Disciplining Brampton judge for advocacy work would send 'message of despair', lawyer argues

December 6, 2018
Article Source
The Globe and Mail

A misconduct case involving a judge who started a black advocacy group risks creating a chilling effect on judicial involvement in the community, a disciplinary panel was told on Tuesday.

Ontario Court Justice Donald McLeod spearheaded the creation of the Federation of Black Canadians two years ago after the fatal shooting of a pregnant woman in Toronto, and met with politicians, including Prime Minister Justin Trudeau, to push for new policies and funding in a range of areas including housing, education, corrections and the justice system.

Associate Chief Justice Faith Finnestad of the Ontario Court laid a complaint that he had engaged in improper political activity, creating a conflict of interest and an appearance that he lacked independence from government.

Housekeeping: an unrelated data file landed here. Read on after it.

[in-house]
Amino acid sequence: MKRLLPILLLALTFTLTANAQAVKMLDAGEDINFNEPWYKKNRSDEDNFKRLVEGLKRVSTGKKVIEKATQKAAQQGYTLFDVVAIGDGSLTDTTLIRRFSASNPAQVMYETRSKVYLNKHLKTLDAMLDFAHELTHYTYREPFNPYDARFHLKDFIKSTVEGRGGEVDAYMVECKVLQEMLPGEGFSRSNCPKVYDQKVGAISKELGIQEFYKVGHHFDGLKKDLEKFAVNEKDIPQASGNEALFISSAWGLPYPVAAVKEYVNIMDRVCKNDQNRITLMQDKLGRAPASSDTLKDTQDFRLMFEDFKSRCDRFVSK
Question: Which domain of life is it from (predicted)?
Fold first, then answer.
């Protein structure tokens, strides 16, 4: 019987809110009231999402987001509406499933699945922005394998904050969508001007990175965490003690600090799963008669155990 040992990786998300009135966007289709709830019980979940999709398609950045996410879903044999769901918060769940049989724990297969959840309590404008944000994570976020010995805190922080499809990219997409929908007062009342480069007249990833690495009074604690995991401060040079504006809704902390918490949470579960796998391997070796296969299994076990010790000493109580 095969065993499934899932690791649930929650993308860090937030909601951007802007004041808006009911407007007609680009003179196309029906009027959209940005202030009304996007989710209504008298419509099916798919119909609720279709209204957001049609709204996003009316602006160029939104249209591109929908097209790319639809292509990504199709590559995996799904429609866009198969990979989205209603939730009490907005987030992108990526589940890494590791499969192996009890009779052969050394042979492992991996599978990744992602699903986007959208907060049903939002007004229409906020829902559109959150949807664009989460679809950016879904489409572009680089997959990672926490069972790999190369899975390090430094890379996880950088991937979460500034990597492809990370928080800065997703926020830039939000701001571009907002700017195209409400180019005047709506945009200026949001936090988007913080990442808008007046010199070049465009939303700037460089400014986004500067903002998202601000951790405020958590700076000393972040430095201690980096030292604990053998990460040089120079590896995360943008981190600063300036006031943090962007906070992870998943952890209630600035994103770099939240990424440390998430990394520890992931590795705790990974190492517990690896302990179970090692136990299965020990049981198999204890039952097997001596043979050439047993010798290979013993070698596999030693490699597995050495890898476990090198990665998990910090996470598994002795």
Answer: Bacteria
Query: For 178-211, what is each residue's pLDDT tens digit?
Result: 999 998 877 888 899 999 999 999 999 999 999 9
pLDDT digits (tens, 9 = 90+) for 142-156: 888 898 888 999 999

But Mark Sandler, a lawyer representing Justice McLeod, said the legal system is "not a fragile flower" that wilts when a judge enters into a perceived controversy. Other judges - including former Supreme Court chief justice Beverley McLachlin with a statement on genocide against Indigenous peoples, and current Supreme Court Justice Rosalie Abella with a speech on judicial independence in Israel - have spoken on controversial subjects without imperiling their independence or impartiality, he said.

"This man is a wonderful role model of how judges can really contribute to their communities," Mr. Sandler told the four-person panel, chaired by Ontario Court of Appeal Justice Robert Sharpe. Justice McLeod grew up in inner-city subsidized housing in Toronto, and was appointed to the bench in 2013.

Read more: Disciplining Brampton judge for advocacy work would send 'message of despair', lawyer argues